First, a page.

Indeed, structural and systemic inequalities have been propelled to the fore of a Covid-19 world. For some, they are even synonymous with this period in history. Resultantly, it was enlightening to see the exhibitions address the ways in which people have reacted to such inequality, namely through protest (Everyone’s Breaking the Rules; Reflections). For members of Black British communities, the advancing of the Coronavirus pandemic in the summer of 2020 is undivorceable from the explosive Black Lives Matter movement. This is saliently and rightfully highlighted in exhibitions such as ‘Everyone’s Breaking the Rules’, which includes a blacked-out wall containing all names in the Say Their Names list. Notably, such a political uprising presents the cultural sector with a long-awaited reckoning in addressing the non-neutrality inherent to their existence, especially within their colonial pasts. As a result, many cultural institutions have shown a more vocal commitment to anti-racism.
This dynamic group of student exhibitions tackles a wealth of themes, with each theme presenting calls to action for the sector. Amongst such calls to action, one particular point dominates, the use of digital spaces to create exhibitions and facilitate events has proven fruitful for both exhibition makers and audiences. For the former, exhibition design is not confined to a pre-existing gallery floor plan. There exists an entirely different range of possibilities for the presentation of digital collections, allowing creators to flourish and creatively curate exhibitions in newer ways. Amongst this range of possibilities, exhibition makers can present varying types of media in much freer and fluid ways, an important practical repercussion. For the latter, audiences are no longer restricted by having to be present in a physical space. For those that may be less likely to visit cultural institutions for whatever reason, from physical access requirements to inaccessible public transport (cf: Heumann Gurian’s Threshold Fear concept (2005)), to now have the museum’s collections and exhibitions available at the click of a cursor is a brilliant solution. Nonetheless, this is not to suggest that the digital world is itself accessible and without fault as many UK residents do not have digital access at home.
Whilst both the physical and online space present their own benefits and caveats, it is key to realise that each space is different. This is the most important realisation from the use of digital technologies during Covid-19, the digital space presents its own distinct range of possibilities. As soon as the digital is treated as an expansion of the physical or as temporary mitigation, the agency of audiences to engage with digital material in new and exciting ways is diminished. The sector would do well to acknowledge that digital technologies cannot revert to secondary importance post-Covid19.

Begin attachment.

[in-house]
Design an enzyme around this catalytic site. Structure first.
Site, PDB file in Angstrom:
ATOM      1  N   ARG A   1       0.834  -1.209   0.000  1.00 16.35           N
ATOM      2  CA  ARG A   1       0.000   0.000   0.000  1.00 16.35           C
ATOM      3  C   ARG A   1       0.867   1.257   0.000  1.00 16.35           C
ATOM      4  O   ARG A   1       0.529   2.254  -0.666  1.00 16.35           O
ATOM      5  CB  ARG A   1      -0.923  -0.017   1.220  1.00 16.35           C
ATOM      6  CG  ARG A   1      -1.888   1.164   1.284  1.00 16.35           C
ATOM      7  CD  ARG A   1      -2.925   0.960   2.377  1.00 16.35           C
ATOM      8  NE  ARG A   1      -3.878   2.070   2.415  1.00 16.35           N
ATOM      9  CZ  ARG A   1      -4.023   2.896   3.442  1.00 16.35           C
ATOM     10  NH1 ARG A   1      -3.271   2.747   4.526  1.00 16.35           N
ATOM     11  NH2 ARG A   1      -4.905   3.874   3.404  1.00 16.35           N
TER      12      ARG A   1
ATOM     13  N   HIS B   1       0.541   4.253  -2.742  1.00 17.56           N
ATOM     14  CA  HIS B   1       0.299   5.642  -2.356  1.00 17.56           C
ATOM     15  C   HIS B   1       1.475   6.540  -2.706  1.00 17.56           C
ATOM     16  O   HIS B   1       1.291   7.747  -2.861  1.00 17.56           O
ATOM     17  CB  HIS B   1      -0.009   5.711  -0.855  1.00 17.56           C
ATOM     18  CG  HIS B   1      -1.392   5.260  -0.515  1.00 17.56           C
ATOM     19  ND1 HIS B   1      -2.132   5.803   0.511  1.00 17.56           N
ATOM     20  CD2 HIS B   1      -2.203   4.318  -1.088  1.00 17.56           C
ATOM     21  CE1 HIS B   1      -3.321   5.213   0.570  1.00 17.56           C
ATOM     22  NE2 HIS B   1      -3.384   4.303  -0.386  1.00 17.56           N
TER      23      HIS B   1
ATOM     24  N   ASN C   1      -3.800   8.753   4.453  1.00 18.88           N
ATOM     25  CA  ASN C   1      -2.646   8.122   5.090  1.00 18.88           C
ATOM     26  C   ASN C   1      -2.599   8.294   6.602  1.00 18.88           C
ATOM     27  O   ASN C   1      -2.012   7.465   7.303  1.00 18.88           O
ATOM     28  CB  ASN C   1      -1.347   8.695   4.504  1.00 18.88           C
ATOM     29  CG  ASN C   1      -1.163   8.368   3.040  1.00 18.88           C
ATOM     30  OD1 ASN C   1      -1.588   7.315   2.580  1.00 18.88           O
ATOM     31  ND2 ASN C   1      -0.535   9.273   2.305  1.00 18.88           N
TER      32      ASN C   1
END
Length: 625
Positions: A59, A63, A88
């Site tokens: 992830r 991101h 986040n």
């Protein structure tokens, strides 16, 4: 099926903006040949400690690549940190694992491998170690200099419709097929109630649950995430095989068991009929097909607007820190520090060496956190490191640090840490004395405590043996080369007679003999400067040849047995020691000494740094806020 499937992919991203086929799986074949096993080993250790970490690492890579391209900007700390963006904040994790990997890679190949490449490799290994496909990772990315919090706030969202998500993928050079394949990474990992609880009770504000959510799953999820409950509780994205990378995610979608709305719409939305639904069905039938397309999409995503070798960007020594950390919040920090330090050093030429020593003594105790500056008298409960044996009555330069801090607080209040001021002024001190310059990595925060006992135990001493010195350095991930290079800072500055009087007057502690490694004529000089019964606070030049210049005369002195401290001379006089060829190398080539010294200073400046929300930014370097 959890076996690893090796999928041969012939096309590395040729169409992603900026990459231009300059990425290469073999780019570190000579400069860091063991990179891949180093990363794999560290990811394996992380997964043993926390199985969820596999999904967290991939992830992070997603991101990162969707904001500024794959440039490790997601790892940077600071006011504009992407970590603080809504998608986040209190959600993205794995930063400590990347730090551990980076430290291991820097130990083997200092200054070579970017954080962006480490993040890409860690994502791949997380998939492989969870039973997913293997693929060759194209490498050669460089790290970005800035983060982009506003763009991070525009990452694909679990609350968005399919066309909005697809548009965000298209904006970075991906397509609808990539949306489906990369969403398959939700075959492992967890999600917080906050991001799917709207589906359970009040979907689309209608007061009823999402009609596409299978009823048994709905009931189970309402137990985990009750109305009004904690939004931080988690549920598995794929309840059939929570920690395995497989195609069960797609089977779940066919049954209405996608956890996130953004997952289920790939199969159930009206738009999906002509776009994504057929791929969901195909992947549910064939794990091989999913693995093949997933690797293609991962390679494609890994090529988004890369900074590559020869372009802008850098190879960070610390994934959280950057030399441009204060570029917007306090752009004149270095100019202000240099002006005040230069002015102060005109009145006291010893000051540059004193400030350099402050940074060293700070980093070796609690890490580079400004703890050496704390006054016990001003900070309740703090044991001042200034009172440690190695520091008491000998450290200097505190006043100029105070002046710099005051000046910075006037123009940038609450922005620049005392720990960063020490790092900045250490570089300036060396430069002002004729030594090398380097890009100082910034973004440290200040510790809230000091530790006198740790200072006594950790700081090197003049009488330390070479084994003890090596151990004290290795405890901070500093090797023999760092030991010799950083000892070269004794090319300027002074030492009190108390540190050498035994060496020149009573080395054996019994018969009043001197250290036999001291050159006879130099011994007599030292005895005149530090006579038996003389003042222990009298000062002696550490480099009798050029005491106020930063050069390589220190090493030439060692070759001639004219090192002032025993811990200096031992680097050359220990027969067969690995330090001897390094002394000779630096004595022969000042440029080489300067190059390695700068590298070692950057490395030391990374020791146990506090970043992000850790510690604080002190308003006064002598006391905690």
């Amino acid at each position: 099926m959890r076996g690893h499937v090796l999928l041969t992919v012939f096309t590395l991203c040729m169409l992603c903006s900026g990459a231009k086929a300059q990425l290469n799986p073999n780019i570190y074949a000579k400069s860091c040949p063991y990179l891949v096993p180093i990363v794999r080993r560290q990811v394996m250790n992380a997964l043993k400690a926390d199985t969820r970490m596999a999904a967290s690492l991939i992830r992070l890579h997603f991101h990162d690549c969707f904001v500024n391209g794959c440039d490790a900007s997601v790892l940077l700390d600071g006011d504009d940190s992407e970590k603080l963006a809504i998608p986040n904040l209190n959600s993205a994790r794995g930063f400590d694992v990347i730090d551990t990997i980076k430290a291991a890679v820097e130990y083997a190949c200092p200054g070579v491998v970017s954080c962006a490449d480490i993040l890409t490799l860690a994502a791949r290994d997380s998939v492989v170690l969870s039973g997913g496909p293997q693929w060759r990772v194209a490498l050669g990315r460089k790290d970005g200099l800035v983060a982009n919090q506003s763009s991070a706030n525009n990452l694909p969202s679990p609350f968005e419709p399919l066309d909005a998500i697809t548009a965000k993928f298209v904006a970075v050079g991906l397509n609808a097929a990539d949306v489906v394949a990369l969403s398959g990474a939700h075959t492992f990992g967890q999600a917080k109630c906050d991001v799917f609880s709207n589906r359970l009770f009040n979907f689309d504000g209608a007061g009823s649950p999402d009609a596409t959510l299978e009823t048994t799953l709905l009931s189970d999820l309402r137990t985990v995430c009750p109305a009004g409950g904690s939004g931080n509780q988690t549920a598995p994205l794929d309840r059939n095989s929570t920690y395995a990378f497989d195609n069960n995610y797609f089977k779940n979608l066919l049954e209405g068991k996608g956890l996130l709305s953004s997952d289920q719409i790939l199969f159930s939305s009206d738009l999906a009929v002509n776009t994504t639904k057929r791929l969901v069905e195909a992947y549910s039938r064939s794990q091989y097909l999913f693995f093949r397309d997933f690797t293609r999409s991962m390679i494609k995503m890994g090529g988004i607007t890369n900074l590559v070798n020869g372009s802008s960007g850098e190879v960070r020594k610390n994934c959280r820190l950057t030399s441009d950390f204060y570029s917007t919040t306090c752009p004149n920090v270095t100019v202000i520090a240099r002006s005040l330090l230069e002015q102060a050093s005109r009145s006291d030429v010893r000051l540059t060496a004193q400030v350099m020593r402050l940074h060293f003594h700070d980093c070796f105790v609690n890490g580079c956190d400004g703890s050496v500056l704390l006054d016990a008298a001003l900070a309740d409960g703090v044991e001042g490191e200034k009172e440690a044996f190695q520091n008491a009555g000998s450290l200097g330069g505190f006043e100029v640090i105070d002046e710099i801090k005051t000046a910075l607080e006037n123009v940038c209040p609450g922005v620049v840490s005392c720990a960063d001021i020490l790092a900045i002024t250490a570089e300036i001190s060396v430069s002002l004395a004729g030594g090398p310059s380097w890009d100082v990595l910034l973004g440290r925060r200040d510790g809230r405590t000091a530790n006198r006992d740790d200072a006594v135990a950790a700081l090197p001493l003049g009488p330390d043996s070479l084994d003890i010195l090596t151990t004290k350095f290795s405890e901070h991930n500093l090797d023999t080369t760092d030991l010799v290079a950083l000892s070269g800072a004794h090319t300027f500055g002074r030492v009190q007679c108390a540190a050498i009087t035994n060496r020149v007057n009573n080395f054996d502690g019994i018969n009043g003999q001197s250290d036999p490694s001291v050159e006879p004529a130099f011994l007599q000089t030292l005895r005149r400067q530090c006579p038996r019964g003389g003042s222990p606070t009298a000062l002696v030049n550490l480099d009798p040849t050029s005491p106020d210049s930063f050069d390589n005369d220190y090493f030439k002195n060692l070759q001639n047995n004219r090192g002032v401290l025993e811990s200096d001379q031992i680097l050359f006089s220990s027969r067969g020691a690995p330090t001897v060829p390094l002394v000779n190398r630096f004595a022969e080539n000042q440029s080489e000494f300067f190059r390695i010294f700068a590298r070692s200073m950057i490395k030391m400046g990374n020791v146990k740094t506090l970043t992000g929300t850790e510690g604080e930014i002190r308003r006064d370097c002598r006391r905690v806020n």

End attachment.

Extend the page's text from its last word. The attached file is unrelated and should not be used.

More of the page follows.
Museums and cultural institutions are now beginning to look towards a post-Covid future. If the pandemic has taught us anything, it’s that measures deemed inconvenient or restrictive to some allowed others to participate in ways they once could not. Our digital exhibitions allowed us to reach a much larger audience, although a clear distinction between the physical and digital is needed if these spaces are to be used to their full potential. They also became a vehicle to address some of the systemic inequalities that had been brought to light by Covid-19 and to explore the emphasis that has been placed on wellbeing, namely, how this can be used in museum practice in the future to create a more inclusive space for all.
You can find the six student exhibitions here:
Group 1 – ‘Rapid Resilience’
Please follow the instructions on the landing page to view the exhibition.
Activity pack here – Brownie tutorial, Ballet tutorial, Origami tutorial
Group 5- ‘Coping in the Age of Lockdown’
Amie Kirby – Twitter @_amiekirby Email email@example.com
Amie is a student of the MA Art Gallery and Museum Studies at the University of Manchester. Having completed her BA in Archaeology at Durham University and undertaking a dissertation on the display of Mesopotamian museum collections, Amie is interested in applying decolonial theory to museum practice, specifically through collaborative practice with refugee and migrant communities. She has written for several organisations such as Arts Emergency and Stockport’s Arc Centre. You can find her work on her WordPress blog, amiewritesthings.wordpress.com.
Marnie Parker – Email firstname.lastname@example.org
Marnie is an MA Art Gallery and Museum Studies student at the University of Manchester and has a BA in Art History. She is interested in the potential of unprovenanced objects and the management of orphaned collections. She has previously written for Castlefield Gallery and Dispatches in Art History.
Lina Fitzjames – Email email@example.com
Lina is an MA Art Gallery and Museum Studies student with a BA in History. She is especially interested in numismatics and object conservation and would like to wholeheartedly thank Nicolas Cage and the cast of National Treasure for inspiring her to pursue a career in the heritage sector.